Boating Industry

March 2016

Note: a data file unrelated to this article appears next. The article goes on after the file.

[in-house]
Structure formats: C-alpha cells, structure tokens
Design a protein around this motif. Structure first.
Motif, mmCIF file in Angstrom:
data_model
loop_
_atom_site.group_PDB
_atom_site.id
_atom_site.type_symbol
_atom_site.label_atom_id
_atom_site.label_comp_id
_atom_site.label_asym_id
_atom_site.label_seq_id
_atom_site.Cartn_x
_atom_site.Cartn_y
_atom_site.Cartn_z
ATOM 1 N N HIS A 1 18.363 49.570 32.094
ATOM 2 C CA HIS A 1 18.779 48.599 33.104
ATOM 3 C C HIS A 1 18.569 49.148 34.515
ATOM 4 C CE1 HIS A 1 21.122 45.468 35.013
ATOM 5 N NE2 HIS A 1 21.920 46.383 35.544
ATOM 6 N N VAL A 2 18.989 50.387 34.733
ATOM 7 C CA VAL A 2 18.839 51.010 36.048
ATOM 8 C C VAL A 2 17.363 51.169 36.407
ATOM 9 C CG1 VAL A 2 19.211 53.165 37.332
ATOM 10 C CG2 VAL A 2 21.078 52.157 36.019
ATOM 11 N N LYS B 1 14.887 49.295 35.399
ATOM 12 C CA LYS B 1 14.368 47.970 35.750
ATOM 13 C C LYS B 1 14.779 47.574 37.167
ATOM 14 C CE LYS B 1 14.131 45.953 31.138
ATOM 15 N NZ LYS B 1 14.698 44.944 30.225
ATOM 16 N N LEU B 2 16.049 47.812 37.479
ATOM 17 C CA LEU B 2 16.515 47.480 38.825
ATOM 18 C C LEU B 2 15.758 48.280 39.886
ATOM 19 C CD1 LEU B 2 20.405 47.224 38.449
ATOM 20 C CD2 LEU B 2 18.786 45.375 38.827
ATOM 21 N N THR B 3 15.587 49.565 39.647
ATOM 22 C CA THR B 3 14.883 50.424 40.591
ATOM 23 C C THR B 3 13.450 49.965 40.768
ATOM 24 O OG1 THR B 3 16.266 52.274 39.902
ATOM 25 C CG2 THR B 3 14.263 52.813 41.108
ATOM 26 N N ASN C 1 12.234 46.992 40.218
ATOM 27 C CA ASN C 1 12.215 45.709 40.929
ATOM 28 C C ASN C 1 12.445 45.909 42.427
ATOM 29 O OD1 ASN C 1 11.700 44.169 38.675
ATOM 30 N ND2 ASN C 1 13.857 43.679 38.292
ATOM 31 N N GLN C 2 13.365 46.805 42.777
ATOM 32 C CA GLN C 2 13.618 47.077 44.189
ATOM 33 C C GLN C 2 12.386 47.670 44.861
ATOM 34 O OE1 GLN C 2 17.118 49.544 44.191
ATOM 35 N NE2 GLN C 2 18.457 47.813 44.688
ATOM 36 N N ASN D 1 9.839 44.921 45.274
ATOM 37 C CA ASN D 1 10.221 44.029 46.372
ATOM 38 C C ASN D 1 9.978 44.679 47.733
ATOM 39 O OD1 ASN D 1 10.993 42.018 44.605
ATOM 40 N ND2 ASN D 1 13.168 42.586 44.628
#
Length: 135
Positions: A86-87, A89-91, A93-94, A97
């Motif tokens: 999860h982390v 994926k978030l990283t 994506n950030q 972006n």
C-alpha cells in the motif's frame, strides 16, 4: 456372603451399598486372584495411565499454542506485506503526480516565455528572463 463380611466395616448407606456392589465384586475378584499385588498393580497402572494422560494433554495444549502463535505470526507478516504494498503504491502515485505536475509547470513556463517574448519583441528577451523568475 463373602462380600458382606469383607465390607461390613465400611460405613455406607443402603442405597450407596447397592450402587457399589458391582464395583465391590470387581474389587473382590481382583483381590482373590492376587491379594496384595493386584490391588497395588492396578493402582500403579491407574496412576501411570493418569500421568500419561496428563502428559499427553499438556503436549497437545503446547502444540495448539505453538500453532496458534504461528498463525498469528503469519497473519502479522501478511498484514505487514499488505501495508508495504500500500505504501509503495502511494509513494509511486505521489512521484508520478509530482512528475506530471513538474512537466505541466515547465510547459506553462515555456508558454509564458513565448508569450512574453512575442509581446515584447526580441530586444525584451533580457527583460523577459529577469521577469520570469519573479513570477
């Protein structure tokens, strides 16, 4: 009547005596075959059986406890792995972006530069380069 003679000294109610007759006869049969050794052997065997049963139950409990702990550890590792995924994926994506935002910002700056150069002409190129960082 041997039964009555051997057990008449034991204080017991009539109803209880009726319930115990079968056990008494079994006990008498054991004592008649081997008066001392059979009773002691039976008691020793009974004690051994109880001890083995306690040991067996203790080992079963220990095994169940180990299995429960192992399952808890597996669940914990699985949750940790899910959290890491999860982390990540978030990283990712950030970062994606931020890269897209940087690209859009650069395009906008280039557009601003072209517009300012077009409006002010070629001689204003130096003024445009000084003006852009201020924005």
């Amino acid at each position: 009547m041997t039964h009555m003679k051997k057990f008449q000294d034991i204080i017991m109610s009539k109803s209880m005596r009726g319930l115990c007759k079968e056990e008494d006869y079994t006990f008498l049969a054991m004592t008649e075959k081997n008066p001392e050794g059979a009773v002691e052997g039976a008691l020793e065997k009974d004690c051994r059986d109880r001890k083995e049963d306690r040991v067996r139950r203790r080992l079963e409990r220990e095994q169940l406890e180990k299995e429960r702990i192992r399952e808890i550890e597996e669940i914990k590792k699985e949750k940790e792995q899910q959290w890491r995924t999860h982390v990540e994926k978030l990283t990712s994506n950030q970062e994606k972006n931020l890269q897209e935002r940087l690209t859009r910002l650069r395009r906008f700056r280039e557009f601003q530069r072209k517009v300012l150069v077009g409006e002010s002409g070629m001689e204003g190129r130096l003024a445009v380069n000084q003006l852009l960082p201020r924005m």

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March 2016 | Boating Industry | 19 [ STEP by STEP ] dealerships likely do these days, but is formal- ized and presentable to the customer during the sales process. "It's part of easing their fears," said Rick Diet- erich, president of Springline Yacht Sales. "Having the formalized program that we can share with somebody … is a big selling tool right upfront." Giving customers an opportunity to demo the boat they want to purchase is a key selling tool for proving just how the boat can benefit a family's leisure. "We make to make it easy for them to decide on [the boat]. People appreciate when they do that and they see it's a positive effort from us, and they're most likely to purchase a boat from us, even if they don't purchase that boat in particular," said John Kutuk, co-owner at Marine Connection. Social proof also helps ease customers' fears. After all, what our peers have to say often has more impact than what a salesperson claims. (You can read about Sellhorst and social proof in the Boating Industry 2015 Best Ideas White Paper on Stay on their radar So you've shown them proof, now your prospect wants time to think at home. That prospect is about to get busy and be hard to reach. The answer to this problem is diligence. One follow-up is likely not enough. If you send an email, the chance of someone seeing it based on open rates is about 20 percent. Even if it is opened, there is a 50 percent chance they will actually read it. That means there is a 10 percent chance that the prospect opens your one email and reads it. Sellhorst recommends sending 50 "con- tacts," which include emails, phone calls, direct mail (depending on the quality of the lead), event invites and more. This will have an im- pact on that busy customer. "You can't be annoying. It can't be like 'Are you ready to buy a boat now? Are you ready to buy a boat now? How about now?' It's got to be interesting, it's got to be fun, it's got to be valu- able content," said Sellhorst. "You've got a much better likelihood to cut through the busy-ness of their lives and sell the boating lifestyle." When looking at engaging customers during the follow-up, it is important to use personalized content to get their attention. Even through au- tomating the follow-up process, dealers can cre- ate messages that appear personal in nature. Marine Connection uses its customer rela- tionship management (CRM) tool to record the information of every customer that walks through the store. The salesperson notes the customer's buying timeframe, what they looked at, what activities they want to use the boat for or even if they were "just looking." "We have an automated system where the salesperson will, with the click of a button, send them a thank you email that day. That way, the customer will have the salesperson's informa- tion," said Kutuk. The customers are enrolled in the Marine Connection newsletter program and the deal- ership watches if they are clicking on and re- sponding to the emails. It also allows Marine Connection to set reminders for the salesperson to call back within the customer's timeframe. "Even though these systems are great, we can only close a sale when the customer is actually in the store. The objective is to bring them back to the store," Kutuk said, "and CRM allows us to facilitate that and allows the salesperson to orga- nize themselves." People, not process Part of what helps keep salespeople energized and able to connect with today's prospect is Constantly training your team builds value and profit in the sales department. "When people are shopping, they're looking for the answer to the question 'What is the best decision I can make?'" — Matt Sellhorst, founder, Boat Dealer Profits » chance that the prospect opens your one email and reads it. 10%

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